Some have recognised the simple power of the mandarin collar. The most stylish: Jawaharlal Nehru, the first prime minister of India, sported a long, fitted vest with a mandarin collar in all circumstances. (Hence why the mandarin collar is sometimes called the Nehru collar.) It was inspired by the achkan, historically the garb of Indian nobles.

In 2012, Time magazine ranked Nehru’s signature look in the ‘Top 10 Global Political Fashion Statements’. It was the sartorial embodiment of Nehru’s doctrine of non-alignment: in matters of both fashion and foreign policy, the Indian leader would kowtow neither to the Western Bloc nor to the Communist Bloc but instead go his own way. No wonder, then, that Narendra Modi, the current prime minister of India, has kept up the style and dresses in sleeveless vests with mandarin collars.

Another leader who donned the mandarin collar was Rafael Correa, the former president of Ecuador. He wore crisp cotton shirts with a standup collar at official events and on foreign visits. They became a ‘symbol of his presidency’, according to researchers. In a colourful twist, traditional Ecuadorian symbols were embroidered on the shirts.

French president Emmanuel Macron usually sticks to dark blue suits, but he’s been known to experiment with his wardrobe. On a visit to Egypt in 2019, he was photographed in a mandarin collared shirt – or chemise col Mao, as the French say. Ironically, Mao Zedong didn’t wear mandarin collars. His go-to grey suits had a folded collar.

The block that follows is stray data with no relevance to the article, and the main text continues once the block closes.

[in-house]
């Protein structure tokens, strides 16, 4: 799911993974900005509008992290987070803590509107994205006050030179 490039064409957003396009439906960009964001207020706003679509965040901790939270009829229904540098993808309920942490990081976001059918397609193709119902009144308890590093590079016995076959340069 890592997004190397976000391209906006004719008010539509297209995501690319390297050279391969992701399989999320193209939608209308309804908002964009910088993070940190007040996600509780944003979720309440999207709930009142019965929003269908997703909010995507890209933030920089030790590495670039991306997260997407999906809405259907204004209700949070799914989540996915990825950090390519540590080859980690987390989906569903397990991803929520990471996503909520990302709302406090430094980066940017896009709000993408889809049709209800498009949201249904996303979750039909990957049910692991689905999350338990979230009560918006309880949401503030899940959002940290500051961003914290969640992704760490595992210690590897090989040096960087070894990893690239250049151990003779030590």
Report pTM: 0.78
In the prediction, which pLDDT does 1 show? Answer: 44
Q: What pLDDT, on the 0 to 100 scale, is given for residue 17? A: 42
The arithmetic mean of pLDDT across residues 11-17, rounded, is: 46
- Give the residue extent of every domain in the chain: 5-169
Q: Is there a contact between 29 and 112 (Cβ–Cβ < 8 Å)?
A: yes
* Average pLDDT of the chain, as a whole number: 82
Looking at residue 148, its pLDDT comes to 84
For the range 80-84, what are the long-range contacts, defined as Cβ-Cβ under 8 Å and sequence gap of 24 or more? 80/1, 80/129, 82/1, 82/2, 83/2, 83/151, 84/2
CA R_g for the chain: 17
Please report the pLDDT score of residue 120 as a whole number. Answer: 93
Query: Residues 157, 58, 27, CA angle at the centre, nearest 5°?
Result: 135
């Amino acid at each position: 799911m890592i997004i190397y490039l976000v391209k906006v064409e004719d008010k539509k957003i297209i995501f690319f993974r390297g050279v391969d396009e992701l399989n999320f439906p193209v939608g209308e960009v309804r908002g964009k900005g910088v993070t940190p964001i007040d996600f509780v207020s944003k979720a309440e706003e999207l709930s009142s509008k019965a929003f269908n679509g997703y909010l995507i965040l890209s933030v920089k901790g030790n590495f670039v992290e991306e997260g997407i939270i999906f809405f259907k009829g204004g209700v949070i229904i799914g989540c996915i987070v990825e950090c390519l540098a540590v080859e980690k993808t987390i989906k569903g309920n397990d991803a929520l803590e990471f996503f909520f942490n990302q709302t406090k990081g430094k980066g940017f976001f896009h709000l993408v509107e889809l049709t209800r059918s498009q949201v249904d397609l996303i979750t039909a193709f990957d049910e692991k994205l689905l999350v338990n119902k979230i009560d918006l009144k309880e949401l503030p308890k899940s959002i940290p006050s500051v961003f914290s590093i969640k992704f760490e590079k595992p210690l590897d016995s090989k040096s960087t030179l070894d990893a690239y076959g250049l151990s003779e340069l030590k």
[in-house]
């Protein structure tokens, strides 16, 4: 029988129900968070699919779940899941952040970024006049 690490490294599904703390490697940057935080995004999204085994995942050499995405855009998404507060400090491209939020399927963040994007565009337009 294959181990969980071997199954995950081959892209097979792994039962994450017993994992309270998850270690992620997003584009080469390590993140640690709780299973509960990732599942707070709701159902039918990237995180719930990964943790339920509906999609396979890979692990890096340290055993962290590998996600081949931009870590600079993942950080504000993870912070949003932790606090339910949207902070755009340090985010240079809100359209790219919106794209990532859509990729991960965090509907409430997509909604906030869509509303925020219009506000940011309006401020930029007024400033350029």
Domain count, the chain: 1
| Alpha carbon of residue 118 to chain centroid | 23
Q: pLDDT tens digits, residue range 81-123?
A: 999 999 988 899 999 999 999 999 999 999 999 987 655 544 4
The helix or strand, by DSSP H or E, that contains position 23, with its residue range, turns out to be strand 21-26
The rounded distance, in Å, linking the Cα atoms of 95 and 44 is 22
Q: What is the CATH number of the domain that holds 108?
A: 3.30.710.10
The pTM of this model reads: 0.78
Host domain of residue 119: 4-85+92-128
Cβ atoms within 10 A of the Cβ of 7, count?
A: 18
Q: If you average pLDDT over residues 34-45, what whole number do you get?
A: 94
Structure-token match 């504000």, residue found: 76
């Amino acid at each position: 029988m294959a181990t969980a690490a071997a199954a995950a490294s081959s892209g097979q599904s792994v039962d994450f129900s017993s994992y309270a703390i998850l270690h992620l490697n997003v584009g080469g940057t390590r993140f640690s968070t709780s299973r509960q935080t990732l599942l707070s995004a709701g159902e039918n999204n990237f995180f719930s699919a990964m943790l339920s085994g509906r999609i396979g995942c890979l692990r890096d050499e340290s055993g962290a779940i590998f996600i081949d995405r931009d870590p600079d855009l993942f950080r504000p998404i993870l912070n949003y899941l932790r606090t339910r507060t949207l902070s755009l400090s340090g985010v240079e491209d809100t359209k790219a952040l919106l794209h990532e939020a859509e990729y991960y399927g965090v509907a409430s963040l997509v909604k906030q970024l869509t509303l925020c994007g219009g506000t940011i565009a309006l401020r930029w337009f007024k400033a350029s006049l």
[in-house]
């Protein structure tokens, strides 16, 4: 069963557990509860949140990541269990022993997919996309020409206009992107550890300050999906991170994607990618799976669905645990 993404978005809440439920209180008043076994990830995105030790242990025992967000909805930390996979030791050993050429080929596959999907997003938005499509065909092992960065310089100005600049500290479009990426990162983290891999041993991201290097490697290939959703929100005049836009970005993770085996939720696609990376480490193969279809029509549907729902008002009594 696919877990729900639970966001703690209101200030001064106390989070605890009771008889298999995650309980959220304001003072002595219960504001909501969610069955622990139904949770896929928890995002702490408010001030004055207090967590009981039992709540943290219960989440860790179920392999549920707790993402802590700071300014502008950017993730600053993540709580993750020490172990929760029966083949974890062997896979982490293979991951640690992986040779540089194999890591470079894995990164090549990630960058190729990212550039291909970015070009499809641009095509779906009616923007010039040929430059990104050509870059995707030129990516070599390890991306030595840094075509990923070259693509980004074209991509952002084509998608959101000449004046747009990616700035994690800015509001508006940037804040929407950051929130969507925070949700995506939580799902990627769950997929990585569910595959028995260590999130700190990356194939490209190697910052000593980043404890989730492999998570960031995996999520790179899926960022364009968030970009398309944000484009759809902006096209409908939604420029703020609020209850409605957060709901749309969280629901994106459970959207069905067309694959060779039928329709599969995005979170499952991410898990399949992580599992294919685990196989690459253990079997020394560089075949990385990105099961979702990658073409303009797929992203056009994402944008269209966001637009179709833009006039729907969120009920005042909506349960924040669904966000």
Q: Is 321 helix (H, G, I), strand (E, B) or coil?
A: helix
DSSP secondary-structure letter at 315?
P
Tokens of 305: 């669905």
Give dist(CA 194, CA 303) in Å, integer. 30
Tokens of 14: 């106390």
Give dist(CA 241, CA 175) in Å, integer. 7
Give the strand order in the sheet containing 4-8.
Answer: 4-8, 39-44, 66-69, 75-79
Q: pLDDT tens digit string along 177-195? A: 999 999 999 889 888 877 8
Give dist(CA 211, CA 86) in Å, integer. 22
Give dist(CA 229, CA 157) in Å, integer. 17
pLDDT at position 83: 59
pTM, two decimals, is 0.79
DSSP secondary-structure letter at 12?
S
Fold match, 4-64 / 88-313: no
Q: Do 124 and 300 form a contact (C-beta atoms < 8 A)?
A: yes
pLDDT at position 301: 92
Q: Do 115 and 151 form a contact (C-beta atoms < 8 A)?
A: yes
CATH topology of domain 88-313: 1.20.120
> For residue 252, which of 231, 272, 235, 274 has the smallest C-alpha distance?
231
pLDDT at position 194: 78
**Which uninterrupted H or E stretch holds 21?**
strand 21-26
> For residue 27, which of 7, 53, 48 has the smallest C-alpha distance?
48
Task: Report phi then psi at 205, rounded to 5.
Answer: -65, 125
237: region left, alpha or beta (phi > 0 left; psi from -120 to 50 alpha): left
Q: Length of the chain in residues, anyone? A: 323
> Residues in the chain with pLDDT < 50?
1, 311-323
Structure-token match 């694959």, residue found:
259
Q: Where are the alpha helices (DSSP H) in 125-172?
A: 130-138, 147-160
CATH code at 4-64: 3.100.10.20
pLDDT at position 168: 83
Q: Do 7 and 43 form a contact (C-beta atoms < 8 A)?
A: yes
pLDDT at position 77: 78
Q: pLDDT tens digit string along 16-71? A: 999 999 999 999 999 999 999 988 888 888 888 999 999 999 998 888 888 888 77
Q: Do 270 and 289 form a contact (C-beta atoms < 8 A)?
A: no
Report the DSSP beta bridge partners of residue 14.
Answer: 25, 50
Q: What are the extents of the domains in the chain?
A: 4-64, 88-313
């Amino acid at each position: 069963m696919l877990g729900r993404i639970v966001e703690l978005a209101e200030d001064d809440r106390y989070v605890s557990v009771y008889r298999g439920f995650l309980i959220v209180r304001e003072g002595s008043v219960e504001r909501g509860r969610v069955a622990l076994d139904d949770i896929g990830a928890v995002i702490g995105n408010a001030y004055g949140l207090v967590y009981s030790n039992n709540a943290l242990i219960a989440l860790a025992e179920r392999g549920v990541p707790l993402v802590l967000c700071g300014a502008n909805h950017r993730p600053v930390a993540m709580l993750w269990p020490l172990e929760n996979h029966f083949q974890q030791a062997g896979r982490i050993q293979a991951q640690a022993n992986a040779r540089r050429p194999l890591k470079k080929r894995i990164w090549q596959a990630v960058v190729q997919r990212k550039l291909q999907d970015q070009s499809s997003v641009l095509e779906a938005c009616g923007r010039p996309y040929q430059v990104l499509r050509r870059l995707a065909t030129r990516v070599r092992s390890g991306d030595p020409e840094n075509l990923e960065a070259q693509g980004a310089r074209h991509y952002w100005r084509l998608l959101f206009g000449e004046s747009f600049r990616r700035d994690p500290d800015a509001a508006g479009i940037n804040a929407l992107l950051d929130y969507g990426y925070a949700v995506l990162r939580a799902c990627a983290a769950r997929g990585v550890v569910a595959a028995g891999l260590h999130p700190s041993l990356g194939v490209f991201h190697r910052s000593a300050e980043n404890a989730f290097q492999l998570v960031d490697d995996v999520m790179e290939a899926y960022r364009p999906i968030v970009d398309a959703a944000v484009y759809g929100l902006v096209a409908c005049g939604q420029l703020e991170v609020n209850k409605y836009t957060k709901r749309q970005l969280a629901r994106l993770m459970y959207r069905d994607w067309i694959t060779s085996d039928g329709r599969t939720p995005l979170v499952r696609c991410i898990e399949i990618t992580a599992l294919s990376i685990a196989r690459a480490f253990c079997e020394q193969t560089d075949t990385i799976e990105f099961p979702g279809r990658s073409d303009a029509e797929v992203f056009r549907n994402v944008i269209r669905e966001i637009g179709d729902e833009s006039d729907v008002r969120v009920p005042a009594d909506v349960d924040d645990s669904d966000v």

As it happens, the mandarin collar is most closely associated in the public mind with Bond villains. Take 007’s very first nemesis: Dr No, from 1962’s eponymous film, who wore tailored jackets with mandarin collars. It set the standard for Bond villains, and also influenced Dr Evil’s tunic in Austin Powers. As British GQ put it, ‘the Nehru uniform became cinematic shorthand for all pieces of shit.’

Mercifully that’s changing, and not just thanks to Argylle. Credit should also go to Adolfo Dominguez, a Spanish designer who has been into the mandarin collar for decades. Known for his minimalist approach, Dominguez’s collections have long showcased ‘quiet elegance’.

In recent years, haute couture has finally caught up with Dominguez and begun embracing the aesthetic possibilities of the mandarin collar. (One last word on terminology: fashionistas call the mandarin collar the officer collar, or col officier, since it was part of the uniform of French military officers in the 19th century.)

Under British designer Kim Jones, Dior Homme has produced shirts and jackets with it. Jones’ collaboration with rapper Travis Scott – Dior X Cactus Jack – spawned an array of snazzy, brightly-coloured mandarin collared jackets. And Pharrell Williams, who took over as the Men’s creative director at Louis Vuitton last year, has made the collar one of his ‘signatures’.

Earlier this month, actor Colman Domingo turned heads at the Golden Globes when he donned a mandarin-collared jacket custom made by Louis Vuitton. Commenting on the look, Domingo said, ‘We’re doing very elegant, clean lines… I want to be seen in the room, but I want to be seen in a very statuesque, strong, leading man frame.’

Domingo gets it. I nominate him to be the next James Bond.


Theo Zenou